Evidence of Obsession; New Clues about Karr's Lurid Fascination with the Murder of JonBenet

By Murr, Andrew; Ordonez, Jennifer et al. | Newsweek, September 4, 2006 | Go to article overview

Evidence of Obsession; New Clues about Karr's Lurid Fascination with the Murder of JonBenet


Murr, Andrew, Ordonez, Jennifer, Tolme, Paul, Newsweek


Byline: Andrew Murr (With Jennifer Ordonez, Paul Tolme, Melanie Lasoff Levs And Frederick Burger)

Wendy Hutchens may be the first person to have suspected that the thin, intense man she met in 2001 was JonBenet Ramsey's killer. John Mark Karr had contacted her for help with a book he said he was writing about another infamous murder, that of Polly Klaas in 1993 (Hutchens grew up in the same northern California town as Klaas's killer). The conversations quickly turned creepy. In a March 20, 2001, e-mail reviewed by NEWSWEEK, Karr told her of his "perfect love" for little girls; Hutchens says that in other conversations he seemed to speak approvingly of child molestation. Then over the next few weeks, according to Hutchens, 49, a former waitress from Roseville, Calif., Karr spoke of JonBenet's murder in detail. At times he seemed to be talking speculatively--but then he started speaking as if he were the killer. Hutchens says he told her he broke into the Ramseys' Boulder, Colo., home on Christmas night, 1996, and lured JonBenet to the basement, where he said he fondled her while choking her with a cord. "He said she would be gasping for air, and he'd loosen up a little bit while he was sexually stimulating her," Hutchens tells NEWSWEEK. But Karr never specifically admitted to the killing, says Hutchens, who contacted local sheriffs and began taping the Karr conversations for them. She never determined whether Karr was fantasizing or confessing.

That's what everyone is trying to figure out now. Karr's name had been brought to Boulder investigators' attention five years ago, when Sonoma County, Calif., sheriffs alerted them to his conversations with Hutchens, who acted as their confidential informant as they investigated Karr for links to unsolved child murders. (The Sonoma cops had arrested Karr in 2001 for misdemeanor possession of child pornography, but he fled the United States before that case could go to trial.) Last week, Sonoma officials confirmed Hutchens's role in the case and said they'd warned Boulder investigators about Karr's "apparent fascination" with the Ramsey case and his "uncertain allusions placing himself in the killer's role. …

The rest of this article is only available to active members of Questia

Already a member? Log in now.

Notes for this article

Add a new note
If you are trying to select text to create highlights or citations, remember that you must now click or tap on the first word, and then click or tap on the last word.
One moment ...
Default project is now your active project.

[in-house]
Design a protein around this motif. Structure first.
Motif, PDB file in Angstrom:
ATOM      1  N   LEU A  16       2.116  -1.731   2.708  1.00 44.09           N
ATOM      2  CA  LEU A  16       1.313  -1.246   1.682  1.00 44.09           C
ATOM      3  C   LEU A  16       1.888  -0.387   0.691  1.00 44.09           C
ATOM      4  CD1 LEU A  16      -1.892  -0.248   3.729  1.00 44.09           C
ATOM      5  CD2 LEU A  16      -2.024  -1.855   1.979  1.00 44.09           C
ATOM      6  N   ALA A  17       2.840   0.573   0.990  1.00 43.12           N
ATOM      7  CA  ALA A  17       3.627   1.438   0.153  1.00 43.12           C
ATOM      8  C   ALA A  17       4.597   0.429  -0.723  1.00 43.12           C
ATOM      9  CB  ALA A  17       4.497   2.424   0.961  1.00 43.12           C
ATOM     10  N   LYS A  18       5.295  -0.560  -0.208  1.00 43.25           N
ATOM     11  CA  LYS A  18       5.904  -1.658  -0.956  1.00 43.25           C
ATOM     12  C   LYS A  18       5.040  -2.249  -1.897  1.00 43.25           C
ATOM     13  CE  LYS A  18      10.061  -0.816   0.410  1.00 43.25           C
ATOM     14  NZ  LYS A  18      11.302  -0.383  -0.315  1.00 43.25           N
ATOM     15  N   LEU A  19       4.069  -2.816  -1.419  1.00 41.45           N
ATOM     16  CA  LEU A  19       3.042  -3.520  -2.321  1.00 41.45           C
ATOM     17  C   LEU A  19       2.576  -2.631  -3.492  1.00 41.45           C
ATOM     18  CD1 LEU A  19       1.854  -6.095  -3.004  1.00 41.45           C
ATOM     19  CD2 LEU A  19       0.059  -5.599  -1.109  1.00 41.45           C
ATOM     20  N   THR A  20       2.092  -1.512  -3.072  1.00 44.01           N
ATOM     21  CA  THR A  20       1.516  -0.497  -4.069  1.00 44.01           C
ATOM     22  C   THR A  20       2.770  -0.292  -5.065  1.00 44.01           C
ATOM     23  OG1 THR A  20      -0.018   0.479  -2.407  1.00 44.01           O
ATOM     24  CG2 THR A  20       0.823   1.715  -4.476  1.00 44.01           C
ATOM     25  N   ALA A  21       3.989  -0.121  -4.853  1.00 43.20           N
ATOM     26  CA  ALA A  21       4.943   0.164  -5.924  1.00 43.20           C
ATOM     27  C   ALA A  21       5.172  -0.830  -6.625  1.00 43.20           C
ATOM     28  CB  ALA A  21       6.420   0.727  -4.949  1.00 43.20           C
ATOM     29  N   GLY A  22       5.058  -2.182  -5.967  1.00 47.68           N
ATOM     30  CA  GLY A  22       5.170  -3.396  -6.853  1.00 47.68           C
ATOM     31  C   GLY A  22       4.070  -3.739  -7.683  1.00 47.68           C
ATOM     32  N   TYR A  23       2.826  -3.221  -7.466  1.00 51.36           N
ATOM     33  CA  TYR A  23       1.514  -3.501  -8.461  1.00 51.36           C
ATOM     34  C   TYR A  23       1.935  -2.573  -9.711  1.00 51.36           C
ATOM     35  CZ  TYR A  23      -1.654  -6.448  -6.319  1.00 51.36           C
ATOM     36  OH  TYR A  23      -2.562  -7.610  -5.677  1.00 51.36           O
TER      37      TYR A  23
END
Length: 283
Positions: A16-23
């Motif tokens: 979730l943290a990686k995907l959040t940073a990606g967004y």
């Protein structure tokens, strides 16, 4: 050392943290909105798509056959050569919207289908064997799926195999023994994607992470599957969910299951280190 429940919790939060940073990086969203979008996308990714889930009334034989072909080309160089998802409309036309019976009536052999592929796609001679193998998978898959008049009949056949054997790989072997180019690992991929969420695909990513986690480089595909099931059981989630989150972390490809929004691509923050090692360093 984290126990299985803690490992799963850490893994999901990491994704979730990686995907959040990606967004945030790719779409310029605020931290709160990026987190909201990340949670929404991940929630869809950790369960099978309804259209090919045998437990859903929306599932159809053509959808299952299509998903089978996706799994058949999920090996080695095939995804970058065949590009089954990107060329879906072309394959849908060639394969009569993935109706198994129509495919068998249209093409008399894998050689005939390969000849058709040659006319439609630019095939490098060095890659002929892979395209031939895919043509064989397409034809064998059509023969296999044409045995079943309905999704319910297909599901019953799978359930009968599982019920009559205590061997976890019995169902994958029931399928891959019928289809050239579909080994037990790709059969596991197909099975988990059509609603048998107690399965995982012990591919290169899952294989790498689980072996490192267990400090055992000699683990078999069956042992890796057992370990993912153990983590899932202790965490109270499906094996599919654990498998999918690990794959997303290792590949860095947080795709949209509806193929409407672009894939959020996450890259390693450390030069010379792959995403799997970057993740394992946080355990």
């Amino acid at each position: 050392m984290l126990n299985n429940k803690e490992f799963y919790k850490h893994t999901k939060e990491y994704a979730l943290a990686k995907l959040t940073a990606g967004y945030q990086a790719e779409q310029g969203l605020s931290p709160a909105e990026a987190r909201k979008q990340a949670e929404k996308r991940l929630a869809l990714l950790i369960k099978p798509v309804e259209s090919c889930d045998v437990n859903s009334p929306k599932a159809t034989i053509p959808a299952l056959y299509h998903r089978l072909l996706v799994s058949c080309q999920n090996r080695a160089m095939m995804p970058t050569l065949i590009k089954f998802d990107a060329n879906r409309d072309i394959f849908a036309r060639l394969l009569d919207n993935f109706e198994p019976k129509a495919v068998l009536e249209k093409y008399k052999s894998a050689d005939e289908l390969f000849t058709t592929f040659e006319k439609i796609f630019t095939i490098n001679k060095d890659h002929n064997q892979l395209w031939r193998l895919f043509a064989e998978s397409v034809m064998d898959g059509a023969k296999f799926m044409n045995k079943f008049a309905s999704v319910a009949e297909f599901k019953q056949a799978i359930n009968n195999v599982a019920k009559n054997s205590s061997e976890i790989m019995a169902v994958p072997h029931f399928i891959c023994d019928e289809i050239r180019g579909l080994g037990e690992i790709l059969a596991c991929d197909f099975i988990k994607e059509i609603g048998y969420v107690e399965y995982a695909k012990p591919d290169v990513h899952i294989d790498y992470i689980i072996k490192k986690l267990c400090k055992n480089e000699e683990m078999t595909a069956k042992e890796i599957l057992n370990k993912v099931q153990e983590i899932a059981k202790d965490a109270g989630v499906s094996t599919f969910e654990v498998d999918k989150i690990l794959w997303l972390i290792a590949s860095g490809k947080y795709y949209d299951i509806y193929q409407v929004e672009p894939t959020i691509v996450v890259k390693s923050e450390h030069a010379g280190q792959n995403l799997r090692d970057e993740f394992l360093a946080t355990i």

Project items
Notes
Cite this article

Cited article

Style
Citations are available only to our active members.
Buy instant access to cite pages or passages in MLA 8, MLA 7, APA and Chicago citation styles.

(Einhorn, 1992, p. 25)

(Einhorn 25)

(Einhorn 25)

1. Lois J. Einhorn, Abraham Lincoln, the Orator: Penetrating the Lincoln Legend (Westport, CT: Greenwood Press, 1992), 25, http://www.questia.com/read/27419298.

Note: primary sources have slightly different requirements for citation. Please see these guidelines for more information.

Cited article

Evidence of Obsession; New Clues about Karr's Lurid Fascination with the Murder of JonBenet
Settings

Settings

Typeface
Text size Smaller Larger Reset View mode
Search within

Search within this article

Look up

Look up a word

  • Dictionary
  • Thesaurus
Please submit a word or phrase above.
Print this page

Print this page

Why can't I print more than one page at a time?

Help
Full screen
Items saved from this article
  • Highlights & Notes
  • Citations
Some of your highlights are legacy items.

Highlights saved before July 30, 2012 will not be displayed on their respective source pages.

You can easily re-create the highlights by opening the book page or article, selecting the text, and clicking “Highlight.”

matching results for page

    Questia reader help

    How to highlight and cite specific passages

    1. Click or tap the first word you want to select.
    2. Click or tap the last word you want to select, and you’ll see everything in between get selected.
    3. You’ll then get a menu of options like creating a highlight or a citation from that passage of text.

    OK, got it!

    Cited passage

    Style
    Citations are available only to our active members.
    Buy instant access to cite pages or passages in MLA 8, MLA 7, APA and Chicago citation styles.

    "Portraying himself as an honest, ordinary person helped Lincoln identify with his audiences." (Einhorn, 1992, p. 25).

    "Portraying himself as an honest, ordinary person helped Lincoln identify with his audiences." (Einhorn 25)

    "Portraying himself as an honest, ordinary person helped Lincoln identify with his audiences." (Einhorn 25)

    "Portraying himself as an honest, ordinary person helped Lincoln identify with his audiences."1

    1. Lois J. Einhorn, Abraham Lincoln, the Orator: Penetrating the Lincoln Legend (Westport, CT: Greenwood Press, 1992), 25, http://www.questia.com/read/27419298.

    Cited passage

    Thanks for trying Questia!

    Please continue trying out our research tools, but please note, full functionality is available only to our active members.

    Your work will be lost once you leave this Web page.

    Buy instant access to save your work.

    Already a member? Log in now.

    Search by... Author
    Show... All Results Primary Sources Peer-reviewed

    Oops!

    An unknown error has occurred. Please click the button below to reload the page. If the problem persists, please try again in a little while.